Review: Digitaldubs – #1

Review: Digitaldubs – #1

Digital Dubs – #1
Track Listing:
1.) Transe Amazonica (Abrindo Os Caminos)
2.) Fyah Bun Dem ft. Ranking Joe
3.) Bandido De Gravata ft. Dada Yute
4.) Pirate’s Game ft. Earl Sixteen
5.) Kaliman Dreams
6.) Jah Me Guia I ft. Jeru Banto
7.) War and Crime ft. Dad Yute
8.) Dub Echoes Theme
9.) Your Love Is Overdub ft. Brinsley Ford
10.) Liga Legalize ft. Jeru Banto
11.) Upbeat Vibes
12.) Sigue Tu Instinto ft. Tiano Bless
13.) Justice and Equality ft. Ranking Joe

The Pier Album Rating:

Release Date: August 30th, 2011
Record Label: ROIR Records
Official Website: Digitaldubs Website

Group Background:
Digitaldubs is a Brazilian reggae/dub act blending roots, dub and traditional Brazilian elements into their own global reggae cocktail. #1 is their first album to be released outside of Brazil. Their in house imprint, Muzamba, has already released a few wildly popular releases such as the Funk Milk Riddim, though this time around they have teamed up with NYC-based ROIR Records to unleash their fourth full-length.

Album Review:
I’ve always been very fond of reggae’s immense global appeal. Like Rock & Roll, reggae music has managed to carve out some following on almost every continent across the globe (due in no small part, I’m sure, to Rasta’s anti-imperialist stance). Digitalaldubs’s #1, their first release outside of their native Brazil, features an unrelenting assault of dub and dancehall, whose foundations are very clearly rooted in the original Jamaican tradition, however, the overall substance is peppered with elements of Brazilian Samba, English raga and other forms of digitally enhanced riddim attacks.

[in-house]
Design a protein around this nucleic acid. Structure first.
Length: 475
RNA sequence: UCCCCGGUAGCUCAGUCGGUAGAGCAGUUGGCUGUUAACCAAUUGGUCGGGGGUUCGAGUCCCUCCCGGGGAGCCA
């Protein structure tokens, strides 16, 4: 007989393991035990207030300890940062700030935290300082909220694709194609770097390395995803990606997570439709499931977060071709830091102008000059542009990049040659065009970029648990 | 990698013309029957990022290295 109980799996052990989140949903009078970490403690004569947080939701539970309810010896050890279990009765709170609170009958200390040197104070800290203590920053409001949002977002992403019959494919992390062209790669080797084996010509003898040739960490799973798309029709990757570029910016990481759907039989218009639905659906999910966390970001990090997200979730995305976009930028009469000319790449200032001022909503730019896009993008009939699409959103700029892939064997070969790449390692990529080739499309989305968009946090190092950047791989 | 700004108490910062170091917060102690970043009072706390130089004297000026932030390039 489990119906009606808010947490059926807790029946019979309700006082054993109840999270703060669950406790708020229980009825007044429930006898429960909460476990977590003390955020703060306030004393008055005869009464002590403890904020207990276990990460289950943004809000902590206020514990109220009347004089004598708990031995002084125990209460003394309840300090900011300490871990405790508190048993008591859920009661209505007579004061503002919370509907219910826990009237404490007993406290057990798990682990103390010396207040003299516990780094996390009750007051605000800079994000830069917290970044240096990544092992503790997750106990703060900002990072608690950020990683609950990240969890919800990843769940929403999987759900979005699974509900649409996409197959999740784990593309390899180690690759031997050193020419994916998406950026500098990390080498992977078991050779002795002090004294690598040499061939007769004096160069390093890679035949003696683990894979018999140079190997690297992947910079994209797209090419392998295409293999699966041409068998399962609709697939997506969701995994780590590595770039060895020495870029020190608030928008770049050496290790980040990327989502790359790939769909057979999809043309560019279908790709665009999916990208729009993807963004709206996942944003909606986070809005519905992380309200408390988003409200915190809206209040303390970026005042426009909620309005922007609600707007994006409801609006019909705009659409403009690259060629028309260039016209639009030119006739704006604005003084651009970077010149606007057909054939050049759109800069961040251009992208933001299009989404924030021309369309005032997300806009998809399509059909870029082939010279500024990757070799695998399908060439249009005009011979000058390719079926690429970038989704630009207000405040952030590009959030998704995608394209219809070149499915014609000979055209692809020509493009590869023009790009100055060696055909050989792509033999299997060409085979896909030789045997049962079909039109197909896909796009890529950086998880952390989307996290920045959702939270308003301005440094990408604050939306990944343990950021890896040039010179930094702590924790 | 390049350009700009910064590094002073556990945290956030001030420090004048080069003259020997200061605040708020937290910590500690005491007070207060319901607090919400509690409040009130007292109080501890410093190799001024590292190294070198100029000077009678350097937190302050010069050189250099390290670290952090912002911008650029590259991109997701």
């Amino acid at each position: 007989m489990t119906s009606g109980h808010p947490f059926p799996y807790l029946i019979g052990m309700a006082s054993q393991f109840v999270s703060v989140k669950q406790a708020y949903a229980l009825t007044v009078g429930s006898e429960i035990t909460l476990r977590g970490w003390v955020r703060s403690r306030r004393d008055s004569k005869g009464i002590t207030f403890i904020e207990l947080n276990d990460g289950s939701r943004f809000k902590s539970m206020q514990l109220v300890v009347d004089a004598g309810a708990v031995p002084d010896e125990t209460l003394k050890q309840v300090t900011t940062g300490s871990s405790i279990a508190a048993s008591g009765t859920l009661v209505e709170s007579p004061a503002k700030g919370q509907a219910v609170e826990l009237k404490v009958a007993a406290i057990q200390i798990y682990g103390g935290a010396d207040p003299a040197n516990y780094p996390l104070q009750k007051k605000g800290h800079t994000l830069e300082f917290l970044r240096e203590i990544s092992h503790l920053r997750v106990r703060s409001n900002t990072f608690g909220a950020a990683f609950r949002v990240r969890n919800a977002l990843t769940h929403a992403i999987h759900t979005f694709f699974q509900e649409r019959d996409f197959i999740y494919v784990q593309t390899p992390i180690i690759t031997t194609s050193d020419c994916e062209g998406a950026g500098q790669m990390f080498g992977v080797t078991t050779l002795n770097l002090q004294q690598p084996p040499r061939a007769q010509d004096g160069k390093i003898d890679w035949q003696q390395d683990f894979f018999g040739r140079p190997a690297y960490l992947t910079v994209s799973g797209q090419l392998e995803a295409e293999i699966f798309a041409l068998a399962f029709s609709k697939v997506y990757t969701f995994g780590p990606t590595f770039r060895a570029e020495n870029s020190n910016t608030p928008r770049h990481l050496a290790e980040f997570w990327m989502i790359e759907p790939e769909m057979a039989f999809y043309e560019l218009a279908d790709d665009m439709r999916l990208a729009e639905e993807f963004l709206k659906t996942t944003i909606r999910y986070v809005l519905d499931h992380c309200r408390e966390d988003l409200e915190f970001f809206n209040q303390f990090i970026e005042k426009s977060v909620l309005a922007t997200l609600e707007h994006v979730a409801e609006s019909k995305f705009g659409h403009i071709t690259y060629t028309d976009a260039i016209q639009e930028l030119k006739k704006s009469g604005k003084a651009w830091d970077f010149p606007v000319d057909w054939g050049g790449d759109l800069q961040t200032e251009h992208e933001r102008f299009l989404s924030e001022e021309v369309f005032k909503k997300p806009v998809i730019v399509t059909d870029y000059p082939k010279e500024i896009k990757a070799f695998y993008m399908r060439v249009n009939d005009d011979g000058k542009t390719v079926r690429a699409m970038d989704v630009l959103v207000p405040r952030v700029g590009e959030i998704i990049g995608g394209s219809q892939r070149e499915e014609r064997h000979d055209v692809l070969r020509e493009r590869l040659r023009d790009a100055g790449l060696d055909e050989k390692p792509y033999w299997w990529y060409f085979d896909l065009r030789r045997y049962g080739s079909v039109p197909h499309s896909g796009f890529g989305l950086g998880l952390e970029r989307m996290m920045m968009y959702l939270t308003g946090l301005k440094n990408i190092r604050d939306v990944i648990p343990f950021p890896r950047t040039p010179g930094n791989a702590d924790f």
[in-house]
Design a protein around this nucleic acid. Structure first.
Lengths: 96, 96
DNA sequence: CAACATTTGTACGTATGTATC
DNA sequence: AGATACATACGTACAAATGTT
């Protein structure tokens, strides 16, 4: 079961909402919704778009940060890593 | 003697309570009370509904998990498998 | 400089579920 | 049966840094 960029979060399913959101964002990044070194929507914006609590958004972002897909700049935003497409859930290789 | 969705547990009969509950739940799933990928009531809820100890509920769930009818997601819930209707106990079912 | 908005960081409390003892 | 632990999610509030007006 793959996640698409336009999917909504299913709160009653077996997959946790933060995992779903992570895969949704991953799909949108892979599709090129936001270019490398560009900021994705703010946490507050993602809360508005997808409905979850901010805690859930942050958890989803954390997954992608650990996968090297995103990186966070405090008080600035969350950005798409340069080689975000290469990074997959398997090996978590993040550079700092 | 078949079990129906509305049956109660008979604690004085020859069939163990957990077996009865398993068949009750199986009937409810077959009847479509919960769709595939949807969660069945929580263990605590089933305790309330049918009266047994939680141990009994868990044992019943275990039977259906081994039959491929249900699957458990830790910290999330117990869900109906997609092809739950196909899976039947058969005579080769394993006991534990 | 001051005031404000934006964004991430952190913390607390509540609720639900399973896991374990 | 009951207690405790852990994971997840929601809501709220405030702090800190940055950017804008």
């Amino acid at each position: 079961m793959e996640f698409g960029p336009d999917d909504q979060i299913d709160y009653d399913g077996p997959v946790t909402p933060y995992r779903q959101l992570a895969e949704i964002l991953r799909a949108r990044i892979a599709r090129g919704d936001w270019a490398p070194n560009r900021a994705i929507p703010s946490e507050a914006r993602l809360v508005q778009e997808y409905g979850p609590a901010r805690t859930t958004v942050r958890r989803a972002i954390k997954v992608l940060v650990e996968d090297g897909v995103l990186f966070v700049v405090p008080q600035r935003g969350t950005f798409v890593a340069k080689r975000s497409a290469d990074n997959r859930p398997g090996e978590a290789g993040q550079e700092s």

Although some of the dubs do move a bit slowly for my tastes, a majority of the album is rather enthralling and inventive, mixing traditional Brazilian rhythms, instruments and Portuguese lyrics with dub recording techniques. On tracks such as “Pirate’s Game” and “Your Love Is Overdub,” Digitaldubs utilize traditional Brazilian instrumentation, most notably the Charango and Samba percussion, to add a distinct Brazilian spice, marking them distinctly from the album’s more traditional dub and dancehall-influenced tracks.

Digitaldubs’s dub style leaves little to the imagination, mixing with a somewhat clearheaded element compared to typical dub aesthetics normally left awash in reverb and cavernous echo. There’s plenty of dub so to speak – echoes, warped vocal snippets and other forms of studio manipulation, but for the most part many of the tracks are left fairly untainted. Digitaldubs utilize their effects sparingly, instead relying on bass, complex polyrhythm and melody to drive the tracks, using their dub talents as complements to accentuate and emphasize, as opposed to allowing studio trickery to rule the soundscape.

From Colombian Cumbia to Middle Eastern Rai to Brazilian Samba, reggae music always finds a way to smuggle in elements of foreign lands to create a truly globalized listening experience. Digitaldubs, in addition to incorporating digital drum and bass elements found in dance scenes from England to Hong Kong, also manage to introduce a distinctly Brazilian element to the traditional reggae format. By combining and recontextualizing Brazil’s past, they create something of a sonic bridge between Jamaica and Brazil, celebrating shared history and a shared cultural affinity for bass and rhythm.

Written & Reviewed by: Chris Castro

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